One hundred years ago, on 5 June 1917, the United States conducted its first military draft to support the war in Europe it entered two months earlier. Many Irish-born or Irish-American men lined up to sign up, including my grandfather, Willie Diggin, and his future brother-in-law, John Ware, both emigrants of Kerry. Below is an edited chapter of my book, “His Last Trip: An Irish-American Story,” about draft day in Pittsburgh. MH
The United States tried to isolate itself from the war that erupted in August 1914, but American industry was closely tied to events in Europe. Pittsburgh steel mills operated around the clock to meet the demands of the unprecedented military buildup on the continent. Carnegie Steel alone hired 8,000 additional workers in 1915 as Willie began his career as a streetcar motorman, two years after his arrival from Ireland.
When America finally entered the war in April 1917, Congress quickly authorized a draft to build the military. The first round of registration set for June 5 required men ages 21 to 31 to sign up, including non-citizens. This presented a conflict for Irish immigrants with strong nationalist views who had openly supported Germany against England, Ireland’s historical oppressor. Such a position now became treasonous.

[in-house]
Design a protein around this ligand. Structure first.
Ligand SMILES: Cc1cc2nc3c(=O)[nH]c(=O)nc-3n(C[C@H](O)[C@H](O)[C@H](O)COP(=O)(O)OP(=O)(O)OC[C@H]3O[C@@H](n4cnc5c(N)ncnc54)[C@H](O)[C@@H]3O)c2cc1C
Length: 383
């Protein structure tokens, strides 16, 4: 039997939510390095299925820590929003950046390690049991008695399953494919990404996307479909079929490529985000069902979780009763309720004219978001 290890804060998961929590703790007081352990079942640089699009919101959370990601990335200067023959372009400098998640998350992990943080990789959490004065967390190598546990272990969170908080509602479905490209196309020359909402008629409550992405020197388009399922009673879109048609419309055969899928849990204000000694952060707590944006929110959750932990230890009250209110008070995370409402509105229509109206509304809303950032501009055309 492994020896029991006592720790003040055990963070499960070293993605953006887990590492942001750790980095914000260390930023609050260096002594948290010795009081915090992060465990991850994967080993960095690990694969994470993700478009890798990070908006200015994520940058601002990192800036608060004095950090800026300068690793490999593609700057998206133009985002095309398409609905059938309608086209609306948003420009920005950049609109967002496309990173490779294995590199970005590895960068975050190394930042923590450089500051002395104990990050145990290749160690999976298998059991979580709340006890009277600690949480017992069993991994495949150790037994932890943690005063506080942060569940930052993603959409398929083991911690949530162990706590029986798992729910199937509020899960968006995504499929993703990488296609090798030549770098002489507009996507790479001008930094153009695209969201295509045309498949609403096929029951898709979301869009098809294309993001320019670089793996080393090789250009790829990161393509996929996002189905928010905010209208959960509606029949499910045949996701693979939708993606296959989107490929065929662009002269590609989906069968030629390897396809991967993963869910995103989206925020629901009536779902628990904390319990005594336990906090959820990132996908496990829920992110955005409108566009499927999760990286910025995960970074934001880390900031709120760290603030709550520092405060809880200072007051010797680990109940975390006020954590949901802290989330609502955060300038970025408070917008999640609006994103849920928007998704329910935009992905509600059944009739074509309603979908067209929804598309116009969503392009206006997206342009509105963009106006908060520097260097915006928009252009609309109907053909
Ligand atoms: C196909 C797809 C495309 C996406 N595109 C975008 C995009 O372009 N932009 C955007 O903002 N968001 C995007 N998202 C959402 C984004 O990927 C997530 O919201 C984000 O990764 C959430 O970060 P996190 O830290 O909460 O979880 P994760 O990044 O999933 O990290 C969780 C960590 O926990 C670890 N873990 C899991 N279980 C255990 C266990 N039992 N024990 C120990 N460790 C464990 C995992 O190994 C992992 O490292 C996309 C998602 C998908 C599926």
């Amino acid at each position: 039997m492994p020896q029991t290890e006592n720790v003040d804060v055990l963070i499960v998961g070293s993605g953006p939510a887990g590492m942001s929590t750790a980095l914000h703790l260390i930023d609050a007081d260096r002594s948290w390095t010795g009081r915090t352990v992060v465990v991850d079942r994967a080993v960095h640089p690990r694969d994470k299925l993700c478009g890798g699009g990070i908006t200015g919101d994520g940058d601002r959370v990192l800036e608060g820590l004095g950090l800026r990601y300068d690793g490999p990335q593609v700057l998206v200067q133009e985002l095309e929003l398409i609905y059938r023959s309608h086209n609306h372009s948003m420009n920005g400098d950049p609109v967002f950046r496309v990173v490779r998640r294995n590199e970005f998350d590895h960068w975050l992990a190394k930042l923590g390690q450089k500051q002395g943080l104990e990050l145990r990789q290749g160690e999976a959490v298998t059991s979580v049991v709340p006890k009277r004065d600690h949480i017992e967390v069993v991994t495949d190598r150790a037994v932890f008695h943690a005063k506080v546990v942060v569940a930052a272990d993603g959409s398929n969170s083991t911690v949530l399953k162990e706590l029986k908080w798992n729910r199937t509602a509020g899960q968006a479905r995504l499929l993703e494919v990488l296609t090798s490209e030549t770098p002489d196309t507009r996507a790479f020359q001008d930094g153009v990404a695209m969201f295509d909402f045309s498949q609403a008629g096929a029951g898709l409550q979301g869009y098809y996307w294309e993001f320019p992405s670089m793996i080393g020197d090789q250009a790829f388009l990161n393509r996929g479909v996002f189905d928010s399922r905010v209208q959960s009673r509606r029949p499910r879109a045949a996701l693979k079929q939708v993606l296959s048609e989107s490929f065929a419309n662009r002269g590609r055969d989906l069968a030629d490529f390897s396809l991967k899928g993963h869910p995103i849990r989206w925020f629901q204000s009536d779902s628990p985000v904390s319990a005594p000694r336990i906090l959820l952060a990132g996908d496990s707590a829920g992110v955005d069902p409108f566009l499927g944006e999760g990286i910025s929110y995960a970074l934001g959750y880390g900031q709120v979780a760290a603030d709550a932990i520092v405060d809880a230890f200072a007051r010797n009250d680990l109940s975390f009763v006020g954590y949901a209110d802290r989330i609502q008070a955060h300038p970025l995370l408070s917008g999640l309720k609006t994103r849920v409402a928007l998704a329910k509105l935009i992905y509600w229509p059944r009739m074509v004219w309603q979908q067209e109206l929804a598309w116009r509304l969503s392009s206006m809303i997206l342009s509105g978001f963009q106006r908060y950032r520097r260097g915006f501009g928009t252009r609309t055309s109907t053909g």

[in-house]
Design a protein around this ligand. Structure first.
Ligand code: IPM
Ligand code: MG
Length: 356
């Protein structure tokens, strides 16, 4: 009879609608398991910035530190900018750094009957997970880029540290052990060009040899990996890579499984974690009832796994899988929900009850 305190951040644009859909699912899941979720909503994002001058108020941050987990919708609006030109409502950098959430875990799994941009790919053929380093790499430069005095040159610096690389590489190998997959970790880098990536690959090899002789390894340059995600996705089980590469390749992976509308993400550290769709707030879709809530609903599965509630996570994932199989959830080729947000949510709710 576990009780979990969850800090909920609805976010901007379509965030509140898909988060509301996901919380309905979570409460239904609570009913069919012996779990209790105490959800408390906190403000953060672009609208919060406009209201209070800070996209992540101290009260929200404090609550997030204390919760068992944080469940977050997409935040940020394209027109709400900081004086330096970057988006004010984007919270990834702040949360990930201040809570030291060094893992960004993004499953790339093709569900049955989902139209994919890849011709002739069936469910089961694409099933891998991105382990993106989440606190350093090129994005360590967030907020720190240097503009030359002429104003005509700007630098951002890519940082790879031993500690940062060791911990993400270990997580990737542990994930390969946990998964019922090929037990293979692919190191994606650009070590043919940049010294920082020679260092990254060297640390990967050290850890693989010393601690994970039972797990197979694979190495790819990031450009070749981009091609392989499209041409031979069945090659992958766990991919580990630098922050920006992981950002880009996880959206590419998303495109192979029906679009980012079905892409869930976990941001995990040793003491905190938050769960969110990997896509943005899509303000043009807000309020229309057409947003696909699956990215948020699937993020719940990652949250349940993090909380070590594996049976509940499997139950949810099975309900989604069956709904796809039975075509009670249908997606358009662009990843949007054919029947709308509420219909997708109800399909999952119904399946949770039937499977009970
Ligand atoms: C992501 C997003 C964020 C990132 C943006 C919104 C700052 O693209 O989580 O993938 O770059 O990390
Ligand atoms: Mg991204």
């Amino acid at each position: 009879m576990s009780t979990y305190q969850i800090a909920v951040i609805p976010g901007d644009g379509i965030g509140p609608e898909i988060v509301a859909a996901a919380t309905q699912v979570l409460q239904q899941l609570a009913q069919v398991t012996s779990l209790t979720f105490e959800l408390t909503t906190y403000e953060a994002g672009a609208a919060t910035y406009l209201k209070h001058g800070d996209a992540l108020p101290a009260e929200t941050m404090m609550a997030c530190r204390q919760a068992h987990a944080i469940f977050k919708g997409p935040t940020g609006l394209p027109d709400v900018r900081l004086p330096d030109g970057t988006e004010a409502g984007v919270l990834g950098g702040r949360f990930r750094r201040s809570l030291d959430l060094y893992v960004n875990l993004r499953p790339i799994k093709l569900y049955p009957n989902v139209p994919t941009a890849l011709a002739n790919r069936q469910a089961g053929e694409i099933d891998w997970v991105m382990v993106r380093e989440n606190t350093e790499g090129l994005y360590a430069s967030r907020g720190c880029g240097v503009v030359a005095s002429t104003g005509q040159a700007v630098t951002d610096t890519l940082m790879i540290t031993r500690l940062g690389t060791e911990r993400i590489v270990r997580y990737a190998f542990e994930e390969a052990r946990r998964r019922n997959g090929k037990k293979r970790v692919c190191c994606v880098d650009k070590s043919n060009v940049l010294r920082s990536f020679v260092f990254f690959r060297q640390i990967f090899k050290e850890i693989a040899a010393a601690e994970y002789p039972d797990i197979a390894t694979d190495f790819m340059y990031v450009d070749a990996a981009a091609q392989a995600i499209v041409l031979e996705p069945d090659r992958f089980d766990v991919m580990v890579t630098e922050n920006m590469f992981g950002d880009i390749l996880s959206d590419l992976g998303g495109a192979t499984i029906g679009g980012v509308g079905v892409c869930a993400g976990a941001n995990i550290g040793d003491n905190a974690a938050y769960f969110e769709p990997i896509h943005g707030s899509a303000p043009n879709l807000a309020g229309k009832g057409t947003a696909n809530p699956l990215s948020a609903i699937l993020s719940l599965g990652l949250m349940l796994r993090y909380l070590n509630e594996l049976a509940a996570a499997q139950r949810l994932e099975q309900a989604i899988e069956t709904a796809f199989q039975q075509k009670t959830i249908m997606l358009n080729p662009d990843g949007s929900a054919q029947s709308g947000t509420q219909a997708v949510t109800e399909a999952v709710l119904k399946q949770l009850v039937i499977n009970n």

Only a few people openly opposed the war in Pittsburgh. In the final days before the draft four men ages 19 to 21 were arrested and charged with treason for distributing fliers opposing the conscription. Churches asked the mayor to close bars so that “young men under the exhilaration or depression of the day may have removed from them the temptation of drink.” The president of the liquor retailers association promised his members would voluntarily go dry for the day because “it was the least we could do and patriotism demanded it from us.”
Willie registered at the Hazelwood Police and Patrol Station at the corner of Hazelwood Avenue and Lytle Street. The two-story brick building was located a half mile west of the streetcar car barn where he worked. Uniformed police officers bustled about the station, enhancing the military atmosphere. American flags snapped in the breeze as showers and thunderstorms raked across the city. News accounts reported that most registration lines were “orderly and cheerful.”
Nearly 3,200 men registered in Hazelwood between 7 a.m. and 9 p.m., a pace of 228 per hour. Many of the men were workers from the nearby B & O Railroad switch yards and J&L steel mill. They shuffled through the lines with smudged faces, dirty hands and soiled clothing. Willie was joined in the line by other streetcar men in their Pittsburgh Railways uniforms.